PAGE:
In 1799 Haydn started a projected set of six quartets dedicated to Prince Lobkowitz but completed only two – Op.77 Nos.1 and 2. In 1802/03 he wrote two middle movements for an unfinished third quartet; these are now known as Op.103. The Op.77 quartets in particular, described here as “bold and full of wit” make a fitting farewell to a musical form that Haydn had almost single-handedly established and developed.
The performances are full-blooded but insightful and sensitive, putting one – if you are old enough – in mind of the great Czech quartet ensembles of the 1960s Supraphon LP recordings.
Ciaconna is Russian violinist Ilya Gringolts’ first solo recording of music of his own time with a tribute to its inspiration – Johann Sebastian Bach (BIS-2525 bis.se).
Heinz Holliger’s brief Drei kleine Szenen intertwines Gringolts’ voice in the Ciacconina first movement. Roberto Gerhard’s Chaconne, inspired by Bach’s D-Minor Chaconne is a 12-tone work of 12 short movements, but with highly individual use and adaptation of the basic tone row.
The major work here is Kontrapartita by the French composer Brice Pauset, its seven movements – Preludio, Allemande, Corrente, Sarabande, Loure, Giga and Ciaccona – interspersed with the seven Bach movements from the three Partitas that inspired them.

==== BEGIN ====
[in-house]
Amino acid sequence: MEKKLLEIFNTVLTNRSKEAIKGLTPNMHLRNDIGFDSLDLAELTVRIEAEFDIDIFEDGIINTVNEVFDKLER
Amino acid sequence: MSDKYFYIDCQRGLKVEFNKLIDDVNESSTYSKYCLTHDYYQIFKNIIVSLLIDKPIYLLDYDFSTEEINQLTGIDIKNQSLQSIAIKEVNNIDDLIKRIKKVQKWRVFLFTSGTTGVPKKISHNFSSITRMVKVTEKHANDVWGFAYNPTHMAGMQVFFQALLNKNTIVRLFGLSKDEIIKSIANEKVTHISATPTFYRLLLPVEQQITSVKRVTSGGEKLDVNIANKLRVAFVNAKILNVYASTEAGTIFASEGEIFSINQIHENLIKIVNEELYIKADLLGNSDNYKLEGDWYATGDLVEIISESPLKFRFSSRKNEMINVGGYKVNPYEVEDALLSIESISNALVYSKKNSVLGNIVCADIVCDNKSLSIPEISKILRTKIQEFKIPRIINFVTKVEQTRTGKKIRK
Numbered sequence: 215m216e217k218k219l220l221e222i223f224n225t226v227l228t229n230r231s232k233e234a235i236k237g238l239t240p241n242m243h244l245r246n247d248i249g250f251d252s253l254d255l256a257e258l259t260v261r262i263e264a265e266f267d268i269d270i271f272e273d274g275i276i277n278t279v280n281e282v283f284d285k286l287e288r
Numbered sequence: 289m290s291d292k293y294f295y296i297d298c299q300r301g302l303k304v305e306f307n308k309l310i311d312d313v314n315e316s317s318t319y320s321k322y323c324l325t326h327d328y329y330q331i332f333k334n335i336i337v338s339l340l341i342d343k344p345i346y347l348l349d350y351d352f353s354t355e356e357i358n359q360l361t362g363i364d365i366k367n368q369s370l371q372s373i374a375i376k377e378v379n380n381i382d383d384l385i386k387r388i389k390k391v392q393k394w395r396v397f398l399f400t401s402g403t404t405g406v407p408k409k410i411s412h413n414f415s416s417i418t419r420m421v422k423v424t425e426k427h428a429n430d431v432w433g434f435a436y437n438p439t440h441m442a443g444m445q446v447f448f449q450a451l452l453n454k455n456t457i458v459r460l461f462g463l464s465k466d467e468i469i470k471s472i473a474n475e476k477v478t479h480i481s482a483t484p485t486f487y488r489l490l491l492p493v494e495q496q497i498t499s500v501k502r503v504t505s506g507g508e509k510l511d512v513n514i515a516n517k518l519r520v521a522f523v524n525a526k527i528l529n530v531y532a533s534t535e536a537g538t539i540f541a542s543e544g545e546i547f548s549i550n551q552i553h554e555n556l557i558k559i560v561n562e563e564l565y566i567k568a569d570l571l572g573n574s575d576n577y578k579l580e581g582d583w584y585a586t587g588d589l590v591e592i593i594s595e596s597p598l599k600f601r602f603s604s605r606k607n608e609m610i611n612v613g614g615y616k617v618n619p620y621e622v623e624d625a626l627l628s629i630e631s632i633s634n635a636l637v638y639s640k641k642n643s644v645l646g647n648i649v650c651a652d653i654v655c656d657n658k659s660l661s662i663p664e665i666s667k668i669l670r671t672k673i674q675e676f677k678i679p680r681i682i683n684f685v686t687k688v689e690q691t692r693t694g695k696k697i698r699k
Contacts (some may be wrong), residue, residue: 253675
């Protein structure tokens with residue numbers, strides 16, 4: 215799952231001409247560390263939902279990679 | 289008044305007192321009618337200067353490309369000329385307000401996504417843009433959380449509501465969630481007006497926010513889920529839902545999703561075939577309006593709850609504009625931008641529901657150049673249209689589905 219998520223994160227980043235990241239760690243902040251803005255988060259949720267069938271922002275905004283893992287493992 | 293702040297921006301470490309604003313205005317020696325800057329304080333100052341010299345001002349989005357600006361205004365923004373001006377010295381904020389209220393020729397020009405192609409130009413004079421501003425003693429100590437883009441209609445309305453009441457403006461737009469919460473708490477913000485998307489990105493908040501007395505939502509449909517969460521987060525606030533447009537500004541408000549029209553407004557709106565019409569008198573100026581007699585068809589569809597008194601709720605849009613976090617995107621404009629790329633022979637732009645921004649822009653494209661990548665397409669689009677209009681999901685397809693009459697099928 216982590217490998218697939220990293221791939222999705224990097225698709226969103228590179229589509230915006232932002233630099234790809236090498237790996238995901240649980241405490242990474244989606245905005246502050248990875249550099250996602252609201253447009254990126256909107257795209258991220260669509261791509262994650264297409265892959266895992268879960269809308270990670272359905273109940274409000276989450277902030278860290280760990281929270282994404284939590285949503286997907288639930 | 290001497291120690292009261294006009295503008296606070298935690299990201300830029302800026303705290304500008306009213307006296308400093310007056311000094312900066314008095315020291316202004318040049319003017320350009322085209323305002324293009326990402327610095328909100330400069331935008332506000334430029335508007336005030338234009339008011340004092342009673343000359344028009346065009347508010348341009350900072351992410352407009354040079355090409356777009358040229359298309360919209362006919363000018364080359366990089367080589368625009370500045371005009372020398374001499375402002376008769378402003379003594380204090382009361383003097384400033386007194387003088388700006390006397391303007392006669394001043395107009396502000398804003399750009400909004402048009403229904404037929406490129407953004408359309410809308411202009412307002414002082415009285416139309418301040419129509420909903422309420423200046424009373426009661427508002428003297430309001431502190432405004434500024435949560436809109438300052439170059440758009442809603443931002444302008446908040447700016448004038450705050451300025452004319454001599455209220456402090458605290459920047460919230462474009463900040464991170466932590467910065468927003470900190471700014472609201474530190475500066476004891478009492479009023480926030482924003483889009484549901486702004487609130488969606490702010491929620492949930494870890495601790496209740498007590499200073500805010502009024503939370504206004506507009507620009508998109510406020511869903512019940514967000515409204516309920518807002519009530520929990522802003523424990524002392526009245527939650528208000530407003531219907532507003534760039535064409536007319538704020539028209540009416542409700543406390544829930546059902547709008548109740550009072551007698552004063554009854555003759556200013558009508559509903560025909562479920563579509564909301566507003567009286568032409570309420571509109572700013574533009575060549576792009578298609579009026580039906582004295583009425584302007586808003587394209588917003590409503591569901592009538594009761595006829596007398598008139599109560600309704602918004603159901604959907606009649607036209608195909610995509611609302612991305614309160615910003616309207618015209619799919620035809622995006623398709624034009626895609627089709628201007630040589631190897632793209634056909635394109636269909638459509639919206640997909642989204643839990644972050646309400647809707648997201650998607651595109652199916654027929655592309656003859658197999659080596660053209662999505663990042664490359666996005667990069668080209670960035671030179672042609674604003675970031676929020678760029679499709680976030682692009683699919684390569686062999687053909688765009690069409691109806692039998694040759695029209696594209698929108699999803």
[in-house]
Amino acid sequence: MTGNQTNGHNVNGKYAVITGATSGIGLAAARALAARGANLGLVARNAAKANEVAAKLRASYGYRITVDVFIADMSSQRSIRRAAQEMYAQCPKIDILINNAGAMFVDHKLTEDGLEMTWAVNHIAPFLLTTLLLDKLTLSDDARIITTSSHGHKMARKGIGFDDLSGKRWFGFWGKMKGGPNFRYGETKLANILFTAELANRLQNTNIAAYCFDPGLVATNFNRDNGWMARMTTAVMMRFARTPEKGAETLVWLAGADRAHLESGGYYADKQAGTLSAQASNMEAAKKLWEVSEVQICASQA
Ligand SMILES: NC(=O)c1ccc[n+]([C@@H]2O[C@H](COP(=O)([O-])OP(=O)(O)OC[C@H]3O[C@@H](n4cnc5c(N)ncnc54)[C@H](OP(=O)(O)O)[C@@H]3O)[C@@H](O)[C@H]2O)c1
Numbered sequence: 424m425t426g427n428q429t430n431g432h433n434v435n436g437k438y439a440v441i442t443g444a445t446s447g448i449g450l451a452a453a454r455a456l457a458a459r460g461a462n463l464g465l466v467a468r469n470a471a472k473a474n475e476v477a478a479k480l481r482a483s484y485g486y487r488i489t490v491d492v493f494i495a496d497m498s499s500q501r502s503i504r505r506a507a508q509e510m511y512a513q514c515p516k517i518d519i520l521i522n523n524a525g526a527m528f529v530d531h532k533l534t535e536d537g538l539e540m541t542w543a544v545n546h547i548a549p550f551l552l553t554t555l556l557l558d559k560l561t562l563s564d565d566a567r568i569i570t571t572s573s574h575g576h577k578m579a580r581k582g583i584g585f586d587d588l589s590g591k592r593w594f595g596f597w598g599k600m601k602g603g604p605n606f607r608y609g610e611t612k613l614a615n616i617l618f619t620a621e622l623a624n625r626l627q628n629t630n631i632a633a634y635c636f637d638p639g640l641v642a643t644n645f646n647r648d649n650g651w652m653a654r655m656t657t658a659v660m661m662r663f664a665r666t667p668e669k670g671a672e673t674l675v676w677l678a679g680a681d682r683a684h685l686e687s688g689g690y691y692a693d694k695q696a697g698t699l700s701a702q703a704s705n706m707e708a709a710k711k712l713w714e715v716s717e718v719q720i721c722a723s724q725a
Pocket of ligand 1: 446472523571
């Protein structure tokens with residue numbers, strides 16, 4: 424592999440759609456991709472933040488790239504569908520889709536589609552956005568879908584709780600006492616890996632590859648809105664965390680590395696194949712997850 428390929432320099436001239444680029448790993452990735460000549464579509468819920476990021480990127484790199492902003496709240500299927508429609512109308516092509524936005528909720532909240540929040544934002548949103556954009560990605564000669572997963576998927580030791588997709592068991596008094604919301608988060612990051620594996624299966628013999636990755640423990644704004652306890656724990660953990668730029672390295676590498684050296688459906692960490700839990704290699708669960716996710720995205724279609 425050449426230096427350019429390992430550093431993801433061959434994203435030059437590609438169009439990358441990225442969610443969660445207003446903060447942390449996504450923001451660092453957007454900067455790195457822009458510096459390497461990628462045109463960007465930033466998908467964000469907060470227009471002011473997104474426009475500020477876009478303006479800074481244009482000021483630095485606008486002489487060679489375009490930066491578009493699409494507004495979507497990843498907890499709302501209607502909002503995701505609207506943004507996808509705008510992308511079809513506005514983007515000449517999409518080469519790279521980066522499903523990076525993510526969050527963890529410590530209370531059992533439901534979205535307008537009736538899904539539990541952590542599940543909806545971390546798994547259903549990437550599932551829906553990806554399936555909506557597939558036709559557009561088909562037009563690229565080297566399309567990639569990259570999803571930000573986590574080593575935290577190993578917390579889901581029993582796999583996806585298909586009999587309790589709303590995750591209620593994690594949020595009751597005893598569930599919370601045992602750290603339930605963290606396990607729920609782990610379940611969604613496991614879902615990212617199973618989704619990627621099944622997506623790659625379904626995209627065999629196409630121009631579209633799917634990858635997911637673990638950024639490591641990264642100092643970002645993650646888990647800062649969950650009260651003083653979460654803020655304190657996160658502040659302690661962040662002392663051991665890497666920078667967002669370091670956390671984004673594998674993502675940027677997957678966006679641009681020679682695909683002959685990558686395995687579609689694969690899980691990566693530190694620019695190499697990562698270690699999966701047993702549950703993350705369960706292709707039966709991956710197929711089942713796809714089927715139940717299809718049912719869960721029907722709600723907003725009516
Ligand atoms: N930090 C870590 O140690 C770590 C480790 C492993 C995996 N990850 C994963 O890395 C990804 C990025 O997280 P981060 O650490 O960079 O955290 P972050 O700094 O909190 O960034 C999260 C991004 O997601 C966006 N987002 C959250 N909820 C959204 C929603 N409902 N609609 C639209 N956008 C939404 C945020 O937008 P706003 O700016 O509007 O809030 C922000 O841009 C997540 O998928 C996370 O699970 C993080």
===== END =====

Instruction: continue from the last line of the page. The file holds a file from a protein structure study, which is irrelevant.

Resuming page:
The D-Minor Chaconne also turns up on Bartók, J. S. Bach, Schneeberger, a recital CD from the Russian violinist Dmitry Smirnov featuring Bartók’s Sonata for Solo Violin, Bach’s Partita No.2 in D Minor and the 1942 Sonata for Solo Violin by the Swiss violinist Hansheinz Schneeberger, who died two years ago at the age of 93 (First Hand Recordings FHR117 firsthandrecords.com).
There are some interesting ornamentation choices in the Bach (especially in the Sarabande), but the Bartók and – in particular – the Schneeberger are given convincing performances.